A little Anecdote About Annual Health Checks

So my husband went for his annual health check today, one of the perks of his job. I sent him armed with a list of tests he should make sure were included; after all, if we know what our levels are when we are well, then it makes it much easier for us to know when we are actually ill, doesn't it? And yes, he does think I'm mental but he humours me, bless him.

So the list was TSH (he's had this the past 2 years and has always been midway between 1 and 2), B12, folate, iron, ferritin and vit D. I should point out his mother is hypo, her father had type 1 diabetes, and my husband does have rosacea (for which he periodically takes tetracycline, an antibiotic known to deplete certain vits and minerals). Other than that he's disgustingly healthy and reasonably fit.

So, he has the medical and gives the doc the list of extra tests. She practically laughed in his face, "why would you want these done? They have absolutely no relevance to you." And my favourite comment: "men don't get thyroid problems." Any men out there who would like to comment on that one? Answers on a postcard please!!!

Anyway she did order them, since he was paying of course, and sent him on his way with the rather uninspiring advice of "eat breakfast and drink a bit less alcohol." Nice.

I thought the idea of an annual health screen was actually to, well, screen?

13 Replies

  • If only women get thyroid disorders, the continuing difficulty in getting diagnosed is even worse than it seems. For the implication of that is it would be twice as common in women as in the population. So they have already shortened the odds substantially.

    Maybe doctors should have ordinary dice? For each women, they roll one, and if it is a 6, they diagnose a thyroid disorder. For men, they declare no thyroid disorder without even rolling.

    Now how much would that save?


  • You know, I'm entitled to one of these screens as well, and to it's credit it's how my Graves Disease was discovered last year (it was run by a different outfit last year, and they did automatically do the TSH test). I wasn't going to go this year because I have so much monitoring done anyway by my (private) Endo. But I don't know, I think I've changed my mind (said with a glint in the eye). I reckon I could give them a run for their money. I'll be sure and take a dice with me ;-)

  • Men don't get thyroid problems

    Next time, arm your husband with a list of males in the public eye that have / had thyroid disorder of one sort or another. e.g. Marty Feldman and Ted Heath and various sports personalities just for starters. No doubt someone will be able to add the ones I can't bring to mind at the moment.

    Oh and tell that doc to read the short story 'Cold Storage' by Oliver Sacks.

    And then there's this:

    First links between normal thyroid hormone and mortality

    DATA from The Health In Men Study (HIMS) has revealed a link between thyroid hormones and mortality in older men, revealing the first-ever association between high thyroxine levels within the normal range with all-cause mortality.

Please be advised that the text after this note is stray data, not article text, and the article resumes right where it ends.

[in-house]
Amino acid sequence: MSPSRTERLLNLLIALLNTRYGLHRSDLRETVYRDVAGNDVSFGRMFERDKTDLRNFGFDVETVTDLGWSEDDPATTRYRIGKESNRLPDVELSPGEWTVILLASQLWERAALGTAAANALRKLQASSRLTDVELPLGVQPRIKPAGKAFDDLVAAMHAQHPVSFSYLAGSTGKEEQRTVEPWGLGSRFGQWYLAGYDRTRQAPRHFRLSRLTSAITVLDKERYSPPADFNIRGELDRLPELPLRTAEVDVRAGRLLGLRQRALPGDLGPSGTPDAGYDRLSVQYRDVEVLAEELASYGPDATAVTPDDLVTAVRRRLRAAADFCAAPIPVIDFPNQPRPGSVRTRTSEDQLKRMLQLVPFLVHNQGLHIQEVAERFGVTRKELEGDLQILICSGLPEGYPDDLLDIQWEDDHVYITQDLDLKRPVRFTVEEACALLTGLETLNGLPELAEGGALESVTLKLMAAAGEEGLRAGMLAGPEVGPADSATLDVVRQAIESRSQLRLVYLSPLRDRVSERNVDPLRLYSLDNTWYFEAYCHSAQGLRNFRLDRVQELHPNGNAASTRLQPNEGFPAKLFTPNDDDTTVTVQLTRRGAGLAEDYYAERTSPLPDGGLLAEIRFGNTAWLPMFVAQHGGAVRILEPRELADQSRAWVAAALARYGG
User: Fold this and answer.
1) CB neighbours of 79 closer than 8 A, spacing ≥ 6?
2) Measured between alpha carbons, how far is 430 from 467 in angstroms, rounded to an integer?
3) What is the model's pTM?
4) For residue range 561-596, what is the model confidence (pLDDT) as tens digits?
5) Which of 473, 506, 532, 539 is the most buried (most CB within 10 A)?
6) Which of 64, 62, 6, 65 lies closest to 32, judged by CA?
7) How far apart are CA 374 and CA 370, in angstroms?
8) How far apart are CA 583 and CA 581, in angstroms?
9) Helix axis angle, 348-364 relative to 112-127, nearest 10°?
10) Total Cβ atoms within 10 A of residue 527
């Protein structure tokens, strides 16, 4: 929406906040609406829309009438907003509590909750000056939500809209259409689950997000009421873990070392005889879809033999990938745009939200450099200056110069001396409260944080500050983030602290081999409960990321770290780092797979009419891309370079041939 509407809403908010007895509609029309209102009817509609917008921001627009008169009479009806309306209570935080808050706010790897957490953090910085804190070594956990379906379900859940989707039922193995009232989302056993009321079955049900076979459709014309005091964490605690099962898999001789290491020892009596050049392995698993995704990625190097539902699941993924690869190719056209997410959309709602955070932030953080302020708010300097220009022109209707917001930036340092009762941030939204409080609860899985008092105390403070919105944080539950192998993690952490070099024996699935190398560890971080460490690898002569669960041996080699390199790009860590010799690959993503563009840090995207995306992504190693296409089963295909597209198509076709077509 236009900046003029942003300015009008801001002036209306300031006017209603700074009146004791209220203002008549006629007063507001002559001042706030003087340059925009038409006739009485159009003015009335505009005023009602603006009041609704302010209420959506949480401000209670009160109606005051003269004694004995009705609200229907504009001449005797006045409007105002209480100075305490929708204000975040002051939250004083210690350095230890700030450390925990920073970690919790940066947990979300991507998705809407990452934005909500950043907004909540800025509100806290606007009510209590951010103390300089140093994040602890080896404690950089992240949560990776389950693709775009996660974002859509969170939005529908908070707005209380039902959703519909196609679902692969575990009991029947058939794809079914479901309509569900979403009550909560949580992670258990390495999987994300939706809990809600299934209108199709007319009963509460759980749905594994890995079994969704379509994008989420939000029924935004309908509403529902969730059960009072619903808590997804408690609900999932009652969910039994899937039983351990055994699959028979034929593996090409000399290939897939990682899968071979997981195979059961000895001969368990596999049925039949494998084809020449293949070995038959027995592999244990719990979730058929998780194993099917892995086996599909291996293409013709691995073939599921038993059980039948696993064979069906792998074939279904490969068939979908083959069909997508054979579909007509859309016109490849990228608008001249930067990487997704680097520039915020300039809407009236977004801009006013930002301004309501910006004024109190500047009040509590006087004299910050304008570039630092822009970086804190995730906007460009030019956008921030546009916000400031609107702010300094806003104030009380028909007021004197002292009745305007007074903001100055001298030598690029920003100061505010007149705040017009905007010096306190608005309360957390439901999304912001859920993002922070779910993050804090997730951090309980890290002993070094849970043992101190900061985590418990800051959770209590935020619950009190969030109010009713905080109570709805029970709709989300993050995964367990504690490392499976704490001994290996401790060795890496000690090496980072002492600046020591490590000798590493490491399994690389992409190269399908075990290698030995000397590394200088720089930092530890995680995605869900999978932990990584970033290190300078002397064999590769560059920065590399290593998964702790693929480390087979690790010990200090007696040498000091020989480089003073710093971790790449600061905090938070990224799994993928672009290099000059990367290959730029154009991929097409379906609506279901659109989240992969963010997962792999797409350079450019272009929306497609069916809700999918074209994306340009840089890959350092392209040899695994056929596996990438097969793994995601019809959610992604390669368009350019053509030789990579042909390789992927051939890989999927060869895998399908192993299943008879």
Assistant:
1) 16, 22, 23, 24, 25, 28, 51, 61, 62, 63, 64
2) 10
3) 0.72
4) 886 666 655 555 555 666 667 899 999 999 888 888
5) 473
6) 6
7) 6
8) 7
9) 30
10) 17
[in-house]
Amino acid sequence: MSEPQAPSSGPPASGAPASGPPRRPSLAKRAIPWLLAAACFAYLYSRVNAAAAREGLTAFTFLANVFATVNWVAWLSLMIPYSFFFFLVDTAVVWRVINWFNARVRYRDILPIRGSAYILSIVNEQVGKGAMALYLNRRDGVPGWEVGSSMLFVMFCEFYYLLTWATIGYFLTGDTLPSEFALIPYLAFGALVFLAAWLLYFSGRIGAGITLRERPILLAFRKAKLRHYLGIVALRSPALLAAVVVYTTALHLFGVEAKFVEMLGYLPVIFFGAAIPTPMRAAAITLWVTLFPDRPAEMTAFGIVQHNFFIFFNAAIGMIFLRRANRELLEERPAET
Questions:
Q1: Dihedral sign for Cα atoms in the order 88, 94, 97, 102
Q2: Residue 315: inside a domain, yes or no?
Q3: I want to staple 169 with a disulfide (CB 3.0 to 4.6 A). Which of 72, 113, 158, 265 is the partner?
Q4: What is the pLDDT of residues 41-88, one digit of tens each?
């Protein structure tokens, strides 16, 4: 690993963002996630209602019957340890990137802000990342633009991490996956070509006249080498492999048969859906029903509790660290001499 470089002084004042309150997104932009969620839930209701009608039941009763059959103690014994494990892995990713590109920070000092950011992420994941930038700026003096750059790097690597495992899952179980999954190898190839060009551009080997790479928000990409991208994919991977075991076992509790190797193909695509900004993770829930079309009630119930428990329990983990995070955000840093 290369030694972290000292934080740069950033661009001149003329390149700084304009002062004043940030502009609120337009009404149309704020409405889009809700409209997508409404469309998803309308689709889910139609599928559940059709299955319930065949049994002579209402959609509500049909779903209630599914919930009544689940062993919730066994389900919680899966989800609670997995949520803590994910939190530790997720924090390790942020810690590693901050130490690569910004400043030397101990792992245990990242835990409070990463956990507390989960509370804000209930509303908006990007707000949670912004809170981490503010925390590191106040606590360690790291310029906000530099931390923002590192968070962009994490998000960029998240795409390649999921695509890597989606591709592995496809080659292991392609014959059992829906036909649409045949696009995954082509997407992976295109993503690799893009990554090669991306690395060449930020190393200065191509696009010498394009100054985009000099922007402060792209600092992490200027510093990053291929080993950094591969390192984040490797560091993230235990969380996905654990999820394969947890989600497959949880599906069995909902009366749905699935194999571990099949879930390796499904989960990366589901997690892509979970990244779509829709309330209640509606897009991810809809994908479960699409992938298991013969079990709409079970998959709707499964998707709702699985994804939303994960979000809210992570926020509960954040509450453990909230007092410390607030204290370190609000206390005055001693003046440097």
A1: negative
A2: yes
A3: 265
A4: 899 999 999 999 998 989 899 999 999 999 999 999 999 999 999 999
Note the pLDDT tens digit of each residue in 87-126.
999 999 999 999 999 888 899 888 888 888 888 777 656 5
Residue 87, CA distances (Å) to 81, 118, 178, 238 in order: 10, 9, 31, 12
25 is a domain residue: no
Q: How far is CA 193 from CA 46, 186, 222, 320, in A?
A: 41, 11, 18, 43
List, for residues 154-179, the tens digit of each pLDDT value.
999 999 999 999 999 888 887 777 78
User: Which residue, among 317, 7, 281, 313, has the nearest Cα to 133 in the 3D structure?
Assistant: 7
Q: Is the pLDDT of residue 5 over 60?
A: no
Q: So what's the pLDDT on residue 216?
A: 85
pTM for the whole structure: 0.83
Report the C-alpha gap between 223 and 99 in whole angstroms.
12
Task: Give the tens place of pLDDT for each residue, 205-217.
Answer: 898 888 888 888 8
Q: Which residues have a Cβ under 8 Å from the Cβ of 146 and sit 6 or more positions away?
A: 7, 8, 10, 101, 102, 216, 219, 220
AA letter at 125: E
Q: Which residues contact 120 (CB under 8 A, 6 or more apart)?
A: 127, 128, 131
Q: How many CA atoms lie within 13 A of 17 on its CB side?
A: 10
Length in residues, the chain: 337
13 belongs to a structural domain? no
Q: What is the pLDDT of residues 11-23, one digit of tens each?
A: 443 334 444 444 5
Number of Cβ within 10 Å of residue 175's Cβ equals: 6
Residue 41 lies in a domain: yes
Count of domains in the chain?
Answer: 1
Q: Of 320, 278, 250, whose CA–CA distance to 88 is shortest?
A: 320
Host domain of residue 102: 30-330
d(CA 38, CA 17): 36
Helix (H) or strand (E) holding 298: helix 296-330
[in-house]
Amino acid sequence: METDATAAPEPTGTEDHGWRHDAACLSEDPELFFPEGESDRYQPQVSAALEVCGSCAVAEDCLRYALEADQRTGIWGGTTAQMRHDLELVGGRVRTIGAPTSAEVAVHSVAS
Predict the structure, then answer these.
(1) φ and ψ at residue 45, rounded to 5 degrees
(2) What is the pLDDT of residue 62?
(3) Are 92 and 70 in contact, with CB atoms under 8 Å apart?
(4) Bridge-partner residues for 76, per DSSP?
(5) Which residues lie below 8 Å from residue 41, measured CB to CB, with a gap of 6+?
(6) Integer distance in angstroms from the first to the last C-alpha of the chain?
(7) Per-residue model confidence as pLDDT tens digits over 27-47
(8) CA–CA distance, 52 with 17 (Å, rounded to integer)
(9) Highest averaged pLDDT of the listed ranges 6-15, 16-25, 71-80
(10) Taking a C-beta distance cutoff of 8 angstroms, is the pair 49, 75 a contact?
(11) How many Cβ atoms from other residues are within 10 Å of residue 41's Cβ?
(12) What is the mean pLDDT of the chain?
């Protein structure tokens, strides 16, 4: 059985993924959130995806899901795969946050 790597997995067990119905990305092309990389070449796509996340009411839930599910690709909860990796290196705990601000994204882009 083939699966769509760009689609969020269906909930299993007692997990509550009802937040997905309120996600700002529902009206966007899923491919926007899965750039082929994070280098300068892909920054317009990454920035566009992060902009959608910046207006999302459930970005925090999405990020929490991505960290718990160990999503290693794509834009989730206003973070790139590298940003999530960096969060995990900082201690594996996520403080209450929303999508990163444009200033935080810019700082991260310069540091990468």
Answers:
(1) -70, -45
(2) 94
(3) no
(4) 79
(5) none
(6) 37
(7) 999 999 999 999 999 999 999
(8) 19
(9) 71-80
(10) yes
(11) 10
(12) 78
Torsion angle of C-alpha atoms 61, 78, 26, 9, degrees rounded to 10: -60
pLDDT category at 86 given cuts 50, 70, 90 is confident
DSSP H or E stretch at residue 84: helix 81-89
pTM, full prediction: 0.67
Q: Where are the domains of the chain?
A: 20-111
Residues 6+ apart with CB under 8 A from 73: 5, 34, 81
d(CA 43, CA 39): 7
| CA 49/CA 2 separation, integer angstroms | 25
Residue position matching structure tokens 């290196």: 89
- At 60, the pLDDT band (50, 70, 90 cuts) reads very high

• My ongoing list of famous thyroid sufferers continues to grow, albeit rather slowly, with additions of both males and females:



  • I've got someone else for your list, I'll send you a PM.

  • Some Graves buddies......... JFK jr, I think one of the girls had an autoimmune too. The great Dame Maggie Smith, Wendy Williams.

    Some report that Billy Joel has Graves but he calls it Billy Joel Disease........ hmmm......

  • Thanks shambles - added some of them. JFK already in list!


  • No problem. I think you have JFK president who was hypo but his son JFK jnr had Graves. There you go, another chap to keep the numbers up :-)

  • That's really interesting, I wonder what range they are basing that on, i.e. at what number does the top 25% start at?

  • Well there's Gail Devers for one who some years ago was Olympic and World Champion at 100 metres and 100 metre hurdles. Skeptics might suggest she was on steroids at the time, but I prefer to think she wasn't. However, even if she was, her levels were maybe normal because she actually needed them which would make a total nonsense of drug testing in sport. Jane x

  • Hmm - men don't get Thyroid problems? here's another Rod

  • GP's - if you suggest something that may/could be wrong (particularly if something runs in the family)- they are very dismissive as if you have hypo(chondria). Sometimes you have so many clinical symptoms but they don't join them up or send you off with a flea in your ear. (I have had that experience re my daughter who is now so severely disabled).

  • Shaun Ryder from Happy Mondays has spoken about his thyroid disorder in the press and in his autobiography. He takes levo and also has testosterone injections. (And to me, he still has quite a hypo look - puffy face with sparse eyebrows...) Doesn't it make sense that if you have a thyroid, you could get a thyroid disorder?

    Edit - he's already been mentioned, but your husband could pick up a paperback copy of his autobiography and take it along to his next appointment!

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